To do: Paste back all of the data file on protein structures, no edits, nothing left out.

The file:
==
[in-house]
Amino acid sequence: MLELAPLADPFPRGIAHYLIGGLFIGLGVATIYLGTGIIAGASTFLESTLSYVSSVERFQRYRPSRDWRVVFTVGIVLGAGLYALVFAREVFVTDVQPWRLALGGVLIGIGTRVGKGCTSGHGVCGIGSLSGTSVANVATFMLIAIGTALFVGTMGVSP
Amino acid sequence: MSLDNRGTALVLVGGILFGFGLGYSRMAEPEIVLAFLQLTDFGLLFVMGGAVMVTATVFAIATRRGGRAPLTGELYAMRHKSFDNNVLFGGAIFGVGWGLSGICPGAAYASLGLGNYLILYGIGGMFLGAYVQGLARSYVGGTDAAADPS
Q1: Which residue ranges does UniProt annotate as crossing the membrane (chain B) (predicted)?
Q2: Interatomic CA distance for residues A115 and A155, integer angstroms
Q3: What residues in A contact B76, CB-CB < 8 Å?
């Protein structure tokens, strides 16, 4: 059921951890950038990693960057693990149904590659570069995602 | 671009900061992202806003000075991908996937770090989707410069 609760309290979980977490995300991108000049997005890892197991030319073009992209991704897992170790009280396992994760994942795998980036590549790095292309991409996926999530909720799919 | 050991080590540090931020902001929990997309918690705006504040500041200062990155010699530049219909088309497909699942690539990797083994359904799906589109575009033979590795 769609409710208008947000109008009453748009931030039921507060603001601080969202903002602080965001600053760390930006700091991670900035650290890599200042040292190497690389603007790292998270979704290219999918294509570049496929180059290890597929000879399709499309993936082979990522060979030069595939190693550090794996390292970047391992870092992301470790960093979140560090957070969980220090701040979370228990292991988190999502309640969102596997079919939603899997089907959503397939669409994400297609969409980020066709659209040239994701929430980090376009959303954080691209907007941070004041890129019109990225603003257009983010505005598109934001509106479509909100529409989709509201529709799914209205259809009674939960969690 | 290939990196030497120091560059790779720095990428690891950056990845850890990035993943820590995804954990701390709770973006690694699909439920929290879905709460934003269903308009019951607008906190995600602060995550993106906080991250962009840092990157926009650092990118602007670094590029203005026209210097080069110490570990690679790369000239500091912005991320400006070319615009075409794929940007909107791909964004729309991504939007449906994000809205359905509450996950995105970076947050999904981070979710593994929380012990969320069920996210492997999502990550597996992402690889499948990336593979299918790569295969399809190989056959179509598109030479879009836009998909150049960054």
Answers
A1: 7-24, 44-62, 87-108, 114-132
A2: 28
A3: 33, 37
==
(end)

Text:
[in-house]
Amino acid sequence: MLELAPLADPFPRGIAHYLIGGLFIGLGVATIYLGTGIIAGASTFLESTLSYVSSVERFQRYRPSRDWRVVFTVGIVLGAGLYALVFAREVFVTDVQPWRLALGGVLIGIGTRVGKGCTSGHGVCGIGSLSGTSVANVATFMLIAIGTALFVGTMGVSP
Amino acid sequence: MSLDNRGTALVLVGGILFGFGLGYSRMAEPEIVLAFLQLTDFGLLFVMGGAVMVTATVFAIATRRGGRAPLTGELYAMRHKSFDNNVLFGGAIFGVGWGLSGICPGAAYASLGLGNYLILYGIGGMFLGAYVQGLARSYVGGTDAAADPS
Q1: Which residue ranges does UniProt annotate as crossing the membrane (chain B) (predicted)?
Q2: Interatomic CA distance for residues A115 and A155, integer angstroms
Q3: What residues in A contact B76, CB-CB < 8 Å?
């Protein structure tokens, strides 16, 4: 059921951890950038990693960057693990149904590659570069995602 | 671009900061992202806003000075991908996937770090989707410069 609760309290979980977490995300991108000049997005890892197991030319073009992209991704897992170790009280396992994760994942795998980036590549790095292309991409996926999530909720799919 | 050991080590540090931020902001929990997309918690705006504040500041200062990155010699530049219909088309497909699942690539990797083994359904799906589109575009033979590795 769609409710208008947000109008009453748009931030039921507060603001601080969202903002602080965001600053760390930006700091991670900035650290890599200042040292190497690389603007790292998270979704290219999918294509570049496929180059290890597929000879399709499309993936082979990522060979030069595939190693550090794996390292970047391992870092992301470790960093979140560090957070969980220090701040979370228990292991988190999502309640969102596997079919939603899997089907959503397939669409994400297609969409980020066709659209040239994701929430980090376009959303954080691209907007941070004041890129019109990225603003257009983010505005598109934001509106479509909100529409989709509201529709799914209205259809009674939960969690 | 290939990196030497120091560059790779720095990428690891950056990845850890990035993943820590995804954990701390709770973006690694699909439920929290879905709460934003269903308009019951607008906190995600602060995550993106906080991250962009840092990157926009650092990118602007670094590029203005026209210097080069110490570990690679790369000239500091912005991320400006070319615009075409794929940007909107791909964004729309991504939007449906994000809205359905509450996950995105970076947050999904981070979710593994929380012990969320069920996210492997999502990550597996992402690889499948990336593979299918790569295969399809190989056959179509598109030479879009836009998909150049960054």
Answers
A1: 7-24, 44-62, 87-108, 114-132
A2: 28
A3: 33, 37